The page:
Ivey Dickson OBE, hugely acclaimed pianist and long-time director of the National Youth Orchestra (NYO), died on 8 November at the age of 95.
Dickson took up the piano at age 3, under the tutelage of her mother, and by her late teens had won hundreds of music prizes. Many of these had been earned during her time at the Royal Academy of Music, to which she won the Liszt Scholarship. Described by the Radio Who’s Who in 1947 as being “in the front rank of the younger pianists”, her fifth and final Proms performance was the following year, when she played Dohnányi’s ‘Variations on a Nursery Song’ under Malcolm Sargent. Her legacy lived on in the NYO, however, which has appeared at the Proms almost annually since the 1970s, with conductors such as Pierre Boulez making their presence – and by proxy, that of Dickson – very much felt. She was also director of the NYO when Simon Rattle, now principal conductor of the Berlin Philharmonic Orchestra, was a fledgling member.
Between 1966 and 1984 Dickson ran and modernised the NYO, introducing works by Stravinsky, Shostakovich and Bartók to the Orchestra’s repertoire, and installing Boulez as conductor. She was seen by many musicians, particularly younger ones, as rather intimidating; but she expected perfection from her Orchestra, and wanted everyone to be able to prove themselves. She personally travelled around the country to audition over 800 NYO applicants annually.
The French dancer will perform her swansong in London in May, as part of a world tour that culminates in Tokyo in December 2015, ten months after she hits her fiftieth birthday in February.
Guillem said yesterday in a statement delivered at Sadler’s Wells: “So why stop? Very simply, because I want to end while I am still happy doing what I do with pride and passion.
“I have been on an exhilarating journey,” she added, “and now I’m about to change direction.” She has yet to provide further details of this direction.
From 1989 to 2006, Guillem – a protégée of Rudolf Nureyev – forged a career as principal guest artist with the Royal Ballet, after five years with the Paris Opera Ballet. She has realised some of the last century’s most profound and important ballet heroines, including Juliet, Marguerite and Manon, while convincing the Royal Ballet to “modernise” – as could be seen in Broken Fall, her collaboration with Russell Maliphant and the BalletBoyz [sic].
Unlike her colleague Darcy Bussell, who retired from dance early, Guillem continued to perform onstage, organising her own projects and turning them into huge successes, such as Push and Sacred Monsters (which returns to Sadler’s Wells later this month).
A final programme at Sadler’s Wells entitled Life in Progress will see her bowing out; it will celebrate her career as well as the work of some of her most influential choreographers, including Akram Khan, Mats Ek and William Forsythe.
Photos by Laurie Lewis.
On November 4, 1964 San Francisco heard the world premiere of Terry Riley’s In C, a work that repeats a single note, relieved by an F-sharp. The first performance, with the composer’s participation, came to be regarded as the birth of minimalism – READ MORE
Terry Riley photographs by Betty Freeman
Two welcome reissues from Deutsche Grammophon.
One is of Leonard Bernstein conducting his 1985 version of the musical West Side Story with Kiri Te Kanawa, José Carreras, Tatiana Troyanos, Kurt Ollmann and Marilyn Horne. Iconic photo of Leonard Bernstein on the back cover is by Lebrecht photographer Don Hunstein.
The other is a reissue of Heroes Symphony by Philip Glasss in 1996 which was commissioned and performed by the American Composers Orchestra together with Glass’ Concerto for Violin and Orchestra performed by Gidon Kremer, the Wiener Philharmoniker and conducted by Christoph von Dohnanyi. Atmospheric photo of Philip Glass is by Lebrecht photographer Thierry Martinot.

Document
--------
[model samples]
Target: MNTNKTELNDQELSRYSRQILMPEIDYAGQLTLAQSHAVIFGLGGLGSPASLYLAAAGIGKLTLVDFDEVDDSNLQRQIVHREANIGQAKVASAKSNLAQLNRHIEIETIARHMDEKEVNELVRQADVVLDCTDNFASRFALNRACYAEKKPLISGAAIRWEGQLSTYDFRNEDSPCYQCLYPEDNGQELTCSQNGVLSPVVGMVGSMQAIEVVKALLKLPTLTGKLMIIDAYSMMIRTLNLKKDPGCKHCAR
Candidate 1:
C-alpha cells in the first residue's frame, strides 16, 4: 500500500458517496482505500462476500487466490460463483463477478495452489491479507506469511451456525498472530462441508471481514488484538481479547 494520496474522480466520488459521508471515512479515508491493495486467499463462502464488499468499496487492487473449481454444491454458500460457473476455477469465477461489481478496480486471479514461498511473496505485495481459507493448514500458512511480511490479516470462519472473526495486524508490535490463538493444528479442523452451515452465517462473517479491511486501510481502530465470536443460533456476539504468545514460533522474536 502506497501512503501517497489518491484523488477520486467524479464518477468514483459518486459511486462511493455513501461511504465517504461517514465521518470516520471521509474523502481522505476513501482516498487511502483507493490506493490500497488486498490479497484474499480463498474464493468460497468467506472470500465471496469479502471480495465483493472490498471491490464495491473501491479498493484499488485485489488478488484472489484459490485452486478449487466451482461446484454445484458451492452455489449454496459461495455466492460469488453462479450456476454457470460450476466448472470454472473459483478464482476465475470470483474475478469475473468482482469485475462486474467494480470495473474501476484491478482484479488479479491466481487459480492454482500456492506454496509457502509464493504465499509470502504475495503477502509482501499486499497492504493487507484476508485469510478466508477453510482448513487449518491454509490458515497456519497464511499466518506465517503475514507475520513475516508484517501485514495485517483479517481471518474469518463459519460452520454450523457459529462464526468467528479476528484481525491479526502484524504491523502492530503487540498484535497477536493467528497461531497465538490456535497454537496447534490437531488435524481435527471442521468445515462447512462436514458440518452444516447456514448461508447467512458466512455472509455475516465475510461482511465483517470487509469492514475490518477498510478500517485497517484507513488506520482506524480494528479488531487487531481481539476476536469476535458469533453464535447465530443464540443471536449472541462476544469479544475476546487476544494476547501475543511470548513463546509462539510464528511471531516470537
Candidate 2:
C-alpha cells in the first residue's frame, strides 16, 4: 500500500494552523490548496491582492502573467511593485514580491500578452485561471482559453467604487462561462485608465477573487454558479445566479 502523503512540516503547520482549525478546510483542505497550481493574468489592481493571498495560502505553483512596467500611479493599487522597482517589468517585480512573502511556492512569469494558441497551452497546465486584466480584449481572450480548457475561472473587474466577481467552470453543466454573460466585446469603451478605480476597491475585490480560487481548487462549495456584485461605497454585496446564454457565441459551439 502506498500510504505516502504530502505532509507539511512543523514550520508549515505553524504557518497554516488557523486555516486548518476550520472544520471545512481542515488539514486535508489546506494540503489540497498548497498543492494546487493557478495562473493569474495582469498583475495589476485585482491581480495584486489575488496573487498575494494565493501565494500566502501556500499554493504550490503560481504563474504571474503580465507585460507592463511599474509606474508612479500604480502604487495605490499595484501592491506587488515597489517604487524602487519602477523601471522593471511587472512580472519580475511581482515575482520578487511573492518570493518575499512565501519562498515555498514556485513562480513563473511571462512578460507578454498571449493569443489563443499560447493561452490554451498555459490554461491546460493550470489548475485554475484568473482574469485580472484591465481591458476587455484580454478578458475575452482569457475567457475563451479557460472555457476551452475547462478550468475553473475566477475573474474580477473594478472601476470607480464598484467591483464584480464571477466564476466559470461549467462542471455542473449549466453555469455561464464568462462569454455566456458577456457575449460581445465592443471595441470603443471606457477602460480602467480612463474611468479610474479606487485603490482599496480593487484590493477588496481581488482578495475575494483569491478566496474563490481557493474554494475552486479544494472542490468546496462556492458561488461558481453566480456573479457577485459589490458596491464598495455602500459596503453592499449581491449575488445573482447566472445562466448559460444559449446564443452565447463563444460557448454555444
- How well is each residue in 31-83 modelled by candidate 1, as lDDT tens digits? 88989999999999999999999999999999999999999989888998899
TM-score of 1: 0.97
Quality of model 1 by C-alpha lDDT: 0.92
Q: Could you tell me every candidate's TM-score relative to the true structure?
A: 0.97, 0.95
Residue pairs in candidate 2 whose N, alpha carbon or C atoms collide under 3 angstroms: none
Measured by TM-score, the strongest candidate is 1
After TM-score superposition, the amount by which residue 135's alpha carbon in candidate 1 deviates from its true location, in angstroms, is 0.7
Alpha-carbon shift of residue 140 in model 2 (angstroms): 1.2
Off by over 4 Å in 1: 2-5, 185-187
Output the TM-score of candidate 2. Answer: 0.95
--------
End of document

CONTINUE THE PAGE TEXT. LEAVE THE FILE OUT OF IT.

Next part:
Jack Bruce, legendary bass-guitarist and co-founder of Cream, died of liver failure on Saturday. Born to musically literate parents in Lanarkshire, Scotland, Bruce attended fourteen different schools before enrolling at the Royal Scottish Academy of Music and Drama, now known as the Royal Conservatoire of Scotland.
Unlike the Conservatoire of today, the Academy looked down on jazz; since Bruce was heavily leaning this way, he left the Academy and toured Italy with the Murray Campbell Big Band. From that point, he would go on to play with some of the more respected and revered musicians in post-war music history, including Alexis Korner, Graham Bond, John McLaughlin, and, most notably, Eric Clapton and Ginger Baker, with whom he founded Cream in 1966. It was with this outfit – acclaimed by contemporary luminaries such as Jerry Garcia as the “heaviest” band in the world at the time – that Bruce won global fame, pioneering hard rock, heavy metal, psychedelia, and extremely loud improvisation. Their live shows were renowned, and reached such deafening amplitudes that drummer Ginger Baker suffered permanent hearing damage.
Despite, or perhaps because of, their tremendous success (selling either 15 million or 35 million records in two years; estimates vary between the two), Cream disbanded in 1968, having released Wheels of Fire – the world’s first platinum-selling double-album – earlier that year. Bruce went on to pursue other paths, including successful solo releases and collaborations with greats such as Frank Zappa, Tony Williams and Rory Gallagher. His final album,Silver Rails, was released in March 2014 to positive acclaim.
Photographs from this year’s Cheltenham Literature Festival are now available to view on www.lebrecht.co.uk. Lebrecht photographer, Paul Tomlins, captured a varied selection of the speakers attending this year’s festival, including chef Yotam Ottolenghi, actress Sheila Hancock, writer Howard Jacobson, historian Simon Schama and the Right Reverend Rowan Douglas Williams. Click here to browse more of Paul’s Cheltenham photographs.